The final car on the list is the Vanquish.  Aston Martin released the Vanquish in 2013 as an homage to the 100-year anniversary of the company, “…the greatest Aston Martin in history, a flagship to lead us into our second century.”

The latest incarnation of the Vanquish is fitted out with a state-of-the-science AM29 V12 engine that’s touted as the most powerful GT engine in the company’s entire history – 201 mph top speed, 568 bhp, and 0-60 in well under 4 seconds.

The Vulcan Hypercar
Aston Martin Vulcan
The Vulcan at the 2015 Geneva Motor Show (Image by Norbert Aepli)

If the obscenely powerful supercars of modern auto engineering weren’t enough, now we’re starting to see even more powerful ‘hypercars.’ And that’s exactly what the Vulcan is. To say anything else would be a major understatement.

This track-only, rear wheel drive, 7 L V12 beast of a limited edition race car will only be produced in 24 examples, and it’s price tag will be a staggering $2.3 million. While no official performance tests have been carried out on the Vulcan, you can expect to see some blazingly fast stats when they are.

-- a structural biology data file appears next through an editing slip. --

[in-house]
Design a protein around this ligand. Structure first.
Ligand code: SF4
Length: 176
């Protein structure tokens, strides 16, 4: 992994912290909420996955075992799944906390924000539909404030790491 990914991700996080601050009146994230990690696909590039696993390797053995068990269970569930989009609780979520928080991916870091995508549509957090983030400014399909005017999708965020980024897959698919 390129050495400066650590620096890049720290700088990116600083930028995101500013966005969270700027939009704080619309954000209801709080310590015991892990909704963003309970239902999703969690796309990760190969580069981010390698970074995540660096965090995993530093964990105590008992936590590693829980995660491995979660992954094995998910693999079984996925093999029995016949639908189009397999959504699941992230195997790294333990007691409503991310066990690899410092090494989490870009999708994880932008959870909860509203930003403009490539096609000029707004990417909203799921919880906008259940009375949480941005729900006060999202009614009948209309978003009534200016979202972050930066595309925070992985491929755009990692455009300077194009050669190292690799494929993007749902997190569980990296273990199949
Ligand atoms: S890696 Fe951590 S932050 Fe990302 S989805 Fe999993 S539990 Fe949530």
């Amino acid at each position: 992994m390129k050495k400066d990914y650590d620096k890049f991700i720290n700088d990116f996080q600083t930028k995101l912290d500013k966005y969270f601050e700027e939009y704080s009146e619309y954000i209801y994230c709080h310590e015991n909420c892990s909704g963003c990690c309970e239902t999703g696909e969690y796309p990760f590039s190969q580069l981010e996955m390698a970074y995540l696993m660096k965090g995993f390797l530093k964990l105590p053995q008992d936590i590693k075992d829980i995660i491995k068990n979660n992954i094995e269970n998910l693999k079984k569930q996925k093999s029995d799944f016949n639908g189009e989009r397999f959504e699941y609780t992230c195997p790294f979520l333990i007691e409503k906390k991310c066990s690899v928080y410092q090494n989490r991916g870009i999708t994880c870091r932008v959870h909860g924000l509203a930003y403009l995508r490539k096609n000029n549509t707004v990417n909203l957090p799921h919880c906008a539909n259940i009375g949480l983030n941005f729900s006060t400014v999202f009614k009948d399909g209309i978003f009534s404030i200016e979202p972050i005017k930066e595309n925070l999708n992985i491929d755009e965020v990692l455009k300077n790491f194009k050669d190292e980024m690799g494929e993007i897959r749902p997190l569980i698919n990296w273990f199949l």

The Future

Considering the innovative, all-electric DBX Crossover Concept Aston Martin revealed at this year’s Geneva Motorshow, the future looks bright. Aston Martin is always looking toward the horizon, as their CEO Dr. Andy Palmer reiterated, “I asked my team at Aston Martin to expand their thinking beyond conventions, to explore what the future of luxury GT motoring would look like in years ahead, and the DBX Concept you see before you is the result.”

Aston Martin DBX Concept DBX Concept (Image source: HR Owen)

From its deep roots that have made history time and time again to its marvels of modern engineering, Aston Martin is a household name in the world of fine car manufacturing that isn’t likely to go away anytime soon. For casual car enthusiasts or the most seasoned of connoisseurs alike, there will always be something special about an Aston Martin.